Yes, you guessed it: It’s holiday-window time again! And the Barneys windows offer an additional and unique curiosity– me . At the age of 49, I am quite possibly the oldest window dresser in the world. Display is a young profession; by the time they are 30, most window dressers have segued into something less nelly and more grown-up. Not moi : I have been at it for nearly 30 years and I STILL LOVE IT! This is my 15th year at Barneys, and I wield my glue-gun with undiminished enthusiasm. Why? Because being a window dresser is–despite the pain, the glitter, the sturm and the hissy fits–total unadulterated fun .
But, for obvious reasons, this year’s holiday preparations were not the laugh riot they normally are. The destruction of the World Trade Center (including the scorching of the Barneys store in the World Financial Center) coincided with the start of holiday-window production at our display studio in the Daily News -Channel 13 building on West 33rd Street. Crafting papier-mâché reindeer and gluing pointy ears on elves while the worst domestic disaster in American history unfolded was a surreal and bleak experience.
For reasons best known to my subconscious, I had decided last February that the 2001 holiday windows needed a whiskers-on-kittens-ish traditional theme. In July, I sketched out the five Madison Avenue windows, each one focused on a different element of ultra-trad Xmas iconography–Santa Claus, elves, reindeer, etc. Then I Barneys-ized them into something called “The Groovy Grotto.” The giant Santa would start things off. The elves would be celebs: e.g., Elf Saint Laurent, Elfis Presley, Marcelf Marceau, Dostoyelfsky, Donatelfa Versace, Missy Elfiot, Shields and Yarnelf, Steven Meiself. In the next window, “Mrs. Claus’ Closet,” 20 fashion designers from Vera Wang to Narciso Rodriguez riff on the same red-and-white theme. The reindeer in question would be Rudolph the Italian Reindeer (after our Mayor). In the last window, Ruben and Isabel Toledo would create Trixie, the World’s Largest Tree-Topper. (Guess her weight and win dinner for two at Fred’s on the ninth floor).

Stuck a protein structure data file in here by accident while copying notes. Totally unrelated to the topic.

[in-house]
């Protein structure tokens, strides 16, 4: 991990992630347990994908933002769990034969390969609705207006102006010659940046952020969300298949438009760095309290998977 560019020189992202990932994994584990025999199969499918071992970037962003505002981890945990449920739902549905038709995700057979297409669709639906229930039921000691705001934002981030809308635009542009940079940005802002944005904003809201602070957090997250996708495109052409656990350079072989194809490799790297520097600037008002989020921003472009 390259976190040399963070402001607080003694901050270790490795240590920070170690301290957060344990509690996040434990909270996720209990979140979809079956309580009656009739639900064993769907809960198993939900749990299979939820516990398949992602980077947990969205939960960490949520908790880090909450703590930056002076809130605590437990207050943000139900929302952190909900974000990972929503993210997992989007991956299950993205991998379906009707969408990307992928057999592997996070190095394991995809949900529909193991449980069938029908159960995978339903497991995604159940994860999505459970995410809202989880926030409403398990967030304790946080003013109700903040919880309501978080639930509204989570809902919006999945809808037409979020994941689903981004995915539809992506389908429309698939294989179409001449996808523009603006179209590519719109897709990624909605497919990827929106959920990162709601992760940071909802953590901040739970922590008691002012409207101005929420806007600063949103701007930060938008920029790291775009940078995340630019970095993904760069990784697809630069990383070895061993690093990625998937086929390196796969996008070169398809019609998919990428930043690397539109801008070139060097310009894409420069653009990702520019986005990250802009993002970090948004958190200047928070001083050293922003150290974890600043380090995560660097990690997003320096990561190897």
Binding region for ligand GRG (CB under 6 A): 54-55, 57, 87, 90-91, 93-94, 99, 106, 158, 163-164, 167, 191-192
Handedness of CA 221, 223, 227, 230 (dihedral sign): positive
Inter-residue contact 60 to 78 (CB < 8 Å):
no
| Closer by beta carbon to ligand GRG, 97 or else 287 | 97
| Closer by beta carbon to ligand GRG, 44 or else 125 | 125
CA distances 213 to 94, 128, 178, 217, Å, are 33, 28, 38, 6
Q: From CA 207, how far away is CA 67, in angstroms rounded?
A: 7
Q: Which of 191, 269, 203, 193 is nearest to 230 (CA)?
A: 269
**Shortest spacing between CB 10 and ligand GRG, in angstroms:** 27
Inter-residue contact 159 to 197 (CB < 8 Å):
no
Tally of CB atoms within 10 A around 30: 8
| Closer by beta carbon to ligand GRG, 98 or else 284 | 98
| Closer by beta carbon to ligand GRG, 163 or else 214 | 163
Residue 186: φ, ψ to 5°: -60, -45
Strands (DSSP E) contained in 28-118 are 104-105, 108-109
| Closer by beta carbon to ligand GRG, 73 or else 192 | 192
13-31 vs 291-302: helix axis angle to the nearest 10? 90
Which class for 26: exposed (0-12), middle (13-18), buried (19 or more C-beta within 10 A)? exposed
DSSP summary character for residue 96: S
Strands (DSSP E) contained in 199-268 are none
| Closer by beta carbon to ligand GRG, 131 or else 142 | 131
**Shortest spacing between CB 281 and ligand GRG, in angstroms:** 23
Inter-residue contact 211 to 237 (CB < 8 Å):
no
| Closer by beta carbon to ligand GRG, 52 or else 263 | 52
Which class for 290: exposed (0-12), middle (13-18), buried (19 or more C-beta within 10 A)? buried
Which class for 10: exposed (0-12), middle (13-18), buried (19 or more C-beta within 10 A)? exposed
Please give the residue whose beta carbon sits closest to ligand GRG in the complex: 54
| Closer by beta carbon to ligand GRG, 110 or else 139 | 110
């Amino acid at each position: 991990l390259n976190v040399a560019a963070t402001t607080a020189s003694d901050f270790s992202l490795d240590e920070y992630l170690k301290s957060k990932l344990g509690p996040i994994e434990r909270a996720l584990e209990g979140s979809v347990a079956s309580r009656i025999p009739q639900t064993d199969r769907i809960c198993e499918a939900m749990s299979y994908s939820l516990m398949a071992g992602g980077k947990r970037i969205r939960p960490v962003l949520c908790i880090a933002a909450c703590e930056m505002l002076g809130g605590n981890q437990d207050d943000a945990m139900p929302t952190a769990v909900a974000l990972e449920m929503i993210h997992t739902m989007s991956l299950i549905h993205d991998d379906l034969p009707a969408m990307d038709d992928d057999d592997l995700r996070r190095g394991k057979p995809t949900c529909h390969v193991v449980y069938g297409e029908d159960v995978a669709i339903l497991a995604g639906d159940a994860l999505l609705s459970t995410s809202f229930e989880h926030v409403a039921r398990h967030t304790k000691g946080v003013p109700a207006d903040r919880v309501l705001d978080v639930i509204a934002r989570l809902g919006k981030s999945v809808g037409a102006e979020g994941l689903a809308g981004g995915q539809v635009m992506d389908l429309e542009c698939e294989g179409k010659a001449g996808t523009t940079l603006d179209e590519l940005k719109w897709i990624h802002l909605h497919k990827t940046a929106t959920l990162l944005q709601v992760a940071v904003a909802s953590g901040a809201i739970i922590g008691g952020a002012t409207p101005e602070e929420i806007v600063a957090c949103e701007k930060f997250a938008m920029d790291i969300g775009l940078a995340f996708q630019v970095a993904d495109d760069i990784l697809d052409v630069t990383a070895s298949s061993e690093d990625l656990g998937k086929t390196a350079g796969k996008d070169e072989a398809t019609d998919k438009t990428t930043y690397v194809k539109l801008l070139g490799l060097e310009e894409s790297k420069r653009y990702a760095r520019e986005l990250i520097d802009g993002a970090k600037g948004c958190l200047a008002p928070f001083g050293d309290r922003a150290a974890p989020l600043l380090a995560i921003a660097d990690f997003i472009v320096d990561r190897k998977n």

It was nothing short of a miracle that we had elected to go in this cheeky-but-trad direction, given that my entire reputation was built on the naughty and unconventional. You may recall Jesse Helms as Censor Claws; a caricature of Tammy Faye Bakker dressing her giant mascara-wand Xmas tree; a Beat-themed Ginsberg-ish Xmas; a window into which we inserted writer David Rakoff, dressed as Sigmund Freud, dispensing psychoanalytic cheer; and last year’s Big Brother – Survivor tribute, in which 10 young F.I.T. hopefuls co-existed for six weeks.
So we had to change very little to bring the windows in line with post-9/11 Manhattan: e.g., the Groovy Grotto became Santa’s Groovy Grotto; we added a fund-raising Yuletide Yard Sale (the prop sale is on Dec. 29, and proceeds will benefit Mayor Giuliani’s Twin Towers Fund); and Rudolph the Italian Reindeer became a giant effigy of Rudolph the Right-On Reindeer. The patron saint of window dressers continued to smile on us when, despite the hideous economic downturn, we successfully enticed New York magazine to become our sponsor and collaborator, thereby securing a dollop of cash to offset our production cost. Whoopee !
My advice: don’t wait until the windows are all installed on Nov. 16. Come watch the weeklong tableau vivant –started Nov. 12–that is the installation process. (Watching window dressers disporting themselves is often more amusing than the final windows.) At Barneys, we window dressers don’t hide behind curtains; we’re proud of our métier and our glue-gun burns, and we flaunt them the same way a hormonally charged teenager flaunts his or her hickeys.
Come by and I’ll show you mine.
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